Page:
Fruit Facts

Late Summer Fruit Gardening Tips

August 18, 2017

We hate to say it, but we’ve officially reached the last full month of summer — *cue the communal “awww.”* But alas! There is some good news. As we prepare to say “goodbye” to summer, we say “hello” to a new crop of delicious fall fruits that have been patiently waiting to make their appearance. Keep your crops thriving throughout the fall with a little help from us.

Protecting Your Existing Crops

Clean up, Clean up…

If there’s one thing your garden needs more than water, it’s a clean area to grow in. Getting rid of any weeds or fallen fruits won’t just make your garden look nicer, it’ll actually keep it healthier. Fruit that has fallen off the vine can become diseased and infect nearby plants, and attract bugs — two things no gardener wants to hear!

Keep Critters Out

There is one thing that helps us part with the warm, glorious months of summer — knowing that as it leaves, it’ll be taking the bugs with it. But it’s important that you don’t rely solely on the cooler weather as your defense against bugs. An organic pesticide spray is exactly what you need to protect your garden.

Prune any Branches and Leaves

Even in the healthiest, most well-kept garden, leaves and branches are going to die. When they do, it’s important that you cut them off to prevent them from decaying and infecting healthy parts of the plant.

Feed Your Tomatoes

Tomato plants need plenty of water to survive, so you should continue watering them each evening. If you have green tomatoes, you should consider moving them inside towards the end of August and placing them on a well-lit windowsill.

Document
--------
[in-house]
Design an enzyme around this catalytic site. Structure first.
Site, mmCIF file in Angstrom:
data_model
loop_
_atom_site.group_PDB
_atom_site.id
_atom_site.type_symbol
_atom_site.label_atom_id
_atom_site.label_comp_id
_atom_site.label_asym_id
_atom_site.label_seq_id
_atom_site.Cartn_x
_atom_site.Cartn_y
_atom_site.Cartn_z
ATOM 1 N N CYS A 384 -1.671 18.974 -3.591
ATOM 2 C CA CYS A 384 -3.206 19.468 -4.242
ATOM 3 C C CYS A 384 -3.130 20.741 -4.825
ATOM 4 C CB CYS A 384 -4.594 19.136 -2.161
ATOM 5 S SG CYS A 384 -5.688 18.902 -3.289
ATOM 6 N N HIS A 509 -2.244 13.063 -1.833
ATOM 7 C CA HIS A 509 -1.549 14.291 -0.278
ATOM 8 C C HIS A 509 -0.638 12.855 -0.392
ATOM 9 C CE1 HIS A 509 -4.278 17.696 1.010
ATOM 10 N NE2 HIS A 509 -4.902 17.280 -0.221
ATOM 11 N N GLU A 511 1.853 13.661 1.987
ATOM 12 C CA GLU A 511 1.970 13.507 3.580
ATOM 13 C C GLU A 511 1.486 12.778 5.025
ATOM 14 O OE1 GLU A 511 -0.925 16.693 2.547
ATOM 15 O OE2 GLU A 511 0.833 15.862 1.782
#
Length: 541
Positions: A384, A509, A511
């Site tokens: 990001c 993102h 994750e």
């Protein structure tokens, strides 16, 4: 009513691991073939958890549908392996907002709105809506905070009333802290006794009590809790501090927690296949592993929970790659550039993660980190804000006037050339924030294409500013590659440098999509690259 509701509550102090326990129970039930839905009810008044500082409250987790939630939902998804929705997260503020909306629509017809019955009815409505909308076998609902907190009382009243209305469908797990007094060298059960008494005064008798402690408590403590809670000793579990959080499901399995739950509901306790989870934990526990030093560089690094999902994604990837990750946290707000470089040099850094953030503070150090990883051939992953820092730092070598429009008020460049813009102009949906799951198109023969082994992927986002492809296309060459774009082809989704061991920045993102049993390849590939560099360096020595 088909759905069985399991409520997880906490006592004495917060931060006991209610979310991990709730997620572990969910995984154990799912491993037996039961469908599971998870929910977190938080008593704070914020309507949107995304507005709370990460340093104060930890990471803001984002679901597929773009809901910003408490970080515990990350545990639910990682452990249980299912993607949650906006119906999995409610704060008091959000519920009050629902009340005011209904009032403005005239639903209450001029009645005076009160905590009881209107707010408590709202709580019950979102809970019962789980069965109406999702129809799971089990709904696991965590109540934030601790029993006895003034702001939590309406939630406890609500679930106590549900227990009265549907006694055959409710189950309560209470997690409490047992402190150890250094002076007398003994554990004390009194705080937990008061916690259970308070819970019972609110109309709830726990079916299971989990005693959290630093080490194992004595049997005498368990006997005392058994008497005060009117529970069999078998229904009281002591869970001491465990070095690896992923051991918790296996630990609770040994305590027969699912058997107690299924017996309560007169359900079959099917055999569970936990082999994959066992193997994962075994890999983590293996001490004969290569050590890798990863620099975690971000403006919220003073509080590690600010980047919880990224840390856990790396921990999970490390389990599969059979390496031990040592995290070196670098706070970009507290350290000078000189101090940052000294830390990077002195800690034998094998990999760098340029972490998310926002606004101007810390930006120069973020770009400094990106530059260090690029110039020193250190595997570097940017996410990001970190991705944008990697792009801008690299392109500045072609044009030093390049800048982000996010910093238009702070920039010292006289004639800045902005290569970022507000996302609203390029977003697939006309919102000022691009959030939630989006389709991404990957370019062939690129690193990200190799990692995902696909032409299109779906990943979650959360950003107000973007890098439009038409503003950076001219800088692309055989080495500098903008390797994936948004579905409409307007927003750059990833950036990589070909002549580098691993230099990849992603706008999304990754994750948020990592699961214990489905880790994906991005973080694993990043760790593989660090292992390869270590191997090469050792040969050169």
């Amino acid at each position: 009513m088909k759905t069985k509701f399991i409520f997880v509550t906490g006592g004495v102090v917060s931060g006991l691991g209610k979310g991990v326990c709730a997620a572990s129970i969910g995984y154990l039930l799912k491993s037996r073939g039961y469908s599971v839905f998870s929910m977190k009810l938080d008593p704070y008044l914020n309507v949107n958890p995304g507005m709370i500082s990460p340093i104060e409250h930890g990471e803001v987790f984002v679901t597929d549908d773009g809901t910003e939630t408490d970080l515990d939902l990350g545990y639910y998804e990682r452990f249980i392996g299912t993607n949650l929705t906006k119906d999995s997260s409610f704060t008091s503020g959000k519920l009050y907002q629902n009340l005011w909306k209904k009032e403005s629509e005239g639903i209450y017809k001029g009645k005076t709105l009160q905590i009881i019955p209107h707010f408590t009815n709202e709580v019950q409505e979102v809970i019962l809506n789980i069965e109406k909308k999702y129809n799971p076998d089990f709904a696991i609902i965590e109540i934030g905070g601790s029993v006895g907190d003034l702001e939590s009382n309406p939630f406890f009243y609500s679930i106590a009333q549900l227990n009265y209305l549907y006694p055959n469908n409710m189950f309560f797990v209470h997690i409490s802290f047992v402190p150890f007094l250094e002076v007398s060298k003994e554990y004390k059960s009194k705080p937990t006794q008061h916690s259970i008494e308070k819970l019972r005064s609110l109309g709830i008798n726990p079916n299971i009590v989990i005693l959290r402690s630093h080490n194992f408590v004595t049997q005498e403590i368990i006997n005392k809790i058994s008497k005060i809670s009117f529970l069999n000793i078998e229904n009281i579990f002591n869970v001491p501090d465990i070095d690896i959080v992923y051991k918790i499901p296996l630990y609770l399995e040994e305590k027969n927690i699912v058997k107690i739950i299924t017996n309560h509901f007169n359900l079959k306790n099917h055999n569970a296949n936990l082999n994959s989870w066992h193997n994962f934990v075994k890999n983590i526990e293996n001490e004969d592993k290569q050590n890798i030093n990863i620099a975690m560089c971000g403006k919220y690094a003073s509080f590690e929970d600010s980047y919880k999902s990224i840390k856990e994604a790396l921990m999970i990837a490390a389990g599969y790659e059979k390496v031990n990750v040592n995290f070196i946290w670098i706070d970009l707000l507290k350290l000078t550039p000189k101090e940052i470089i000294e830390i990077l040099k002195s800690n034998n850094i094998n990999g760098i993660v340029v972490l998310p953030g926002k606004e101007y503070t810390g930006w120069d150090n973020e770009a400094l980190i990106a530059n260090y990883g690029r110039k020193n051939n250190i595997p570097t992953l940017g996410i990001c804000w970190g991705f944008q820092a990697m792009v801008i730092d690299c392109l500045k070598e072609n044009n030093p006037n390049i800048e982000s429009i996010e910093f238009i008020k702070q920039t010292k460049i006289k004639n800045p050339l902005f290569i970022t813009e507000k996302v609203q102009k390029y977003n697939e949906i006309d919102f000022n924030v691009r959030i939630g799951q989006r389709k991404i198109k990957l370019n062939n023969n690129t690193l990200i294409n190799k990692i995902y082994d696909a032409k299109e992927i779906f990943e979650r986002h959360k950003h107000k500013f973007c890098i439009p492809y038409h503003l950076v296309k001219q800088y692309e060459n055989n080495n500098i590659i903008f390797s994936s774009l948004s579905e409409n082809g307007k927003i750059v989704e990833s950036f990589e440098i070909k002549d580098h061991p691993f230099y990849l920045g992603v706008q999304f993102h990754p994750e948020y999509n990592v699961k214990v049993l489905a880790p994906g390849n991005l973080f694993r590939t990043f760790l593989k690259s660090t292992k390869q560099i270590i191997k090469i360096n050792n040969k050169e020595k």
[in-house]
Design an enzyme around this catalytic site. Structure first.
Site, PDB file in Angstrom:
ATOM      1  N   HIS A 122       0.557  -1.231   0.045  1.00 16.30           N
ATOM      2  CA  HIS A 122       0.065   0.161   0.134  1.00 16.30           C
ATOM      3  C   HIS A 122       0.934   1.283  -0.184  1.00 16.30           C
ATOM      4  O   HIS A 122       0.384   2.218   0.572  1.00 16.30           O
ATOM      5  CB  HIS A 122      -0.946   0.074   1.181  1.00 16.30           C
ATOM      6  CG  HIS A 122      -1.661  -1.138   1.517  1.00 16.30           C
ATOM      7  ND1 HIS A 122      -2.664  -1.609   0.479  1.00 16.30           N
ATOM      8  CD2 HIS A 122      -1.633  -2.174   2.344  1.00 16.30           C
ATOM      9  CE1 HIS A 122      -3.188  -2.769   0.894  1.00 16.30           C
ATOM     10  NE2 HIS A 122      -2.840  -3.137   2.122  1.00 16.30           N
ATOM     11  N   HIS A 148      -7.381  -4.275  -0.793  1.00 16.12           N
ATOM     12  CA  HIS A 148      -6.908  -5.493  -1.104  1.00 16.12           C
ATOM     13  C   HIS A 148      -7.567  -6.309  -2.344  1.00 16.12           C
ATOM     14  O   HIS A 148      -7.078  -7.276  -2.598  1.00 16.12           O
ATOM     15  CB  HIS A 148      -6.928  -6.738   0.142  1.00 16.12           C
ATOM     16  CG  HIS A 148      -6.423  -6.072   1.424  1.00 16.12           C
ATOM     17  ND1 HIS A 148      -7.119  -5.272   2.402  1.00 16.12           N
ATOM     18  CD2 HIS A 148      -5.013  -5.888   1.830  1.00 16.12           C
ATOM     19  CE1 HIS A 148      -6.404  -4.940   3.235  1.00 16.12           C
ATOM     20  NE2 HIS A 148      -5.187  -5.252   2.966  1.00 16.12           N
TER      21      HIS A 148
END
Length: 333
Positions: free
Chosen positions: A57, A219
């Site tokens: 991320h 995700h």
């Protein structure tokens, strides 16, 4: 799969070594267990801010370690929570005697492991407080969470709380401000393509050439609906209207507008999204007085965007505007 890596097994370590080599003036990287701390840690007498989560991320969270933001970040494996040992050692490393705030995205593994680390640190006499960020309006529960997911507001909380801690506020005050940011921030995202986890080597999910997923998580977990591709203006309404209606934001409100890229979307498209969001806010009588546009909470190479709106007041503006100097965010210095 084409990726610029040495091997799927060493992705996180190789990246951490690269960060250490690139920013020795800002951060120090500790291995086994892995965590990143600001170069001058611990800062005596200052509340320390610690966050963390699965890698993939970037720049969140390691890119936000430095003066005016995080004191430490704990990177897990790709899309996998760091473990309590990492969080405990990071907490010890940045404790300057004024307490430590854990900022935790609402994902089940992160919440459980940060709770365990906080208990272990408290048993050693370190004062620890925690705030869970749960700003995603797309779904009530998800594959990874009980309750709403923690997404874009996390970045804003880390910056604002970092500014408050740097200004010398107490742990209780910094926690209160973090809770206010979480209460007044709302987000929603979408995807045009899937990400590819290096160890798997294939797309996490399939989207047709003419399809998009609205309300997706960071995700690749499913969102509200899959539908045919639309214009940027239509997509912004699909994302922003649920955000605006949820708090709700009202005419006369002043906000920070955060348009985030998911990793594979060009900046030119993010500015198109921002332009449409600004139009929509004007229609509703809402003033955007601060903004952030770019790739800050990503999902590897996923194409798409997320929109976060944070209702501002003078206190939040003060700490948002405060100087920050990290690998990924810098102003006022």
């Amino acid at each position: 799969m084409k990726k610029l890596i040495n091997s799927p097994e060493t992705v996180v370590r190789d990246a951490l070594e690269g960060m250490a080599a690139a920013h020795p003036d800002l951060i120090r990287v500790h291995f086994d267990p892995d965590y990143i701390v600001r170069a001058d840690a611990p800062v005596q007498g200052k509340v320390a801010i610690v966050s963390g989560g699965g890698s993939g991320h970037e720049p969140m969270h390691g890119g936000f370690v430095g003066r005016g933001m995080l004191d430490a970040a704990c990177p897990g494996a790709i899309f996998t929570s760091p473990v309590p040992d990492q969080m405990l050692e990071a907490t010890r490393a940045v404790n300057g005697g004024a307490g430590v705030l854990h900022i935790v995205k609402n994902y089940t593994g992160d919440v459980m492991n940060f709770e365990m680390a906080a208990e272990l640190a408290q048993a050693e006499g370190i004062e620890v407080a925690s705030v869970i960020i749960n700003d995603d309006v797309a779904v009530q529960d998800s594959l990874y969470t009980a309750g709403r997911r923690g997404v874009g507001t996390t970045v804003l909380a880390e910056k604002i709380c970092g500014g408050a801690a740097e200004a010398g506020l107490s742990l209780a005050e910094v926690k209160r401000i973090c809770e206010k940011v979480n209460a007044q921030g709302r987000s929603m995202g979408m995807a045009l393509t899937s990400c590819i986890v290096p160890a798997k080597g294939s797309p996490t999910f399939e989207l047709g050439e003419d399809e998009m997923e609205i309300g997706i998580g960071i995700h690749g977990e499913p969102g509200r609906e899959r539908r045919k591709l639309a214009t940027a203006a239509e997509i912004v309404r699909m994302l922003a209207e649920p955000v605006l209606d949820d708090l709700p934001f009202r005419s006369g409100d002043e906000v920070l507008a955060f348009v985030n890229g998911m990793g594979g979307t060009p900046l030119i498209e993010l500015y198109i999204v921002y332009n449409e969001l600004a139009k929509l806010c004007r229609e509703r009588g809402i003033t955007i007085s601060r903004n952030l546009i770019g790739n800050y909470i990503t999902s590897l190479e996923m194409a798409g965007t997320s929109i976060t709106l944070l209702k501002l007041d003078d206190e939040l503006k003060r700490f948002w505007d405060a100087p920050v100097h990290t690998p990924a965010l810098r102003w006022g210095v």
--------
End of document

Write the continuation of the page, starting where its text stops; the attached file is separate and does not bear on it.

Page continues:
Growing New Crops and Trees

We all love the juicy berries and watermelons that summer brings, but we often forget that fall also has some truly delicious fruits to offer. Keep your green thumb entertained all season long by planting some cooler weather fruits and fruit trees now.

  • Apple trees. With thousands of apple trees to choose from, you should have no trouble finding the perfect tree for your backyard. Most apple trees take between two and four years to grow, so get started on yours this season!
  • Cranberries. For those of you just starting your adventures in gardening, cranberries are a great, low-maintenance shrub to start with. Once picked, these tiny, red berries can be enjoyed on their own, added to your favorite cocktail, or made into cranberry juice.
  • Pears. The secret to lowering your “bad” (LDL) cholesterol may be lying (or hanging) in your backyard. Pears are traditionally grown on the West Coast, but with proper care, they can flourish on the East Coast, too.
  • Peaches. States further down South may be known for their peaches, but peach trees are surprisingly adaptive and will survive in plenty of northern states with mild climates.
  • No matter what season we’re in, you can bet that Fruit Bouquets will always have fresh fruit!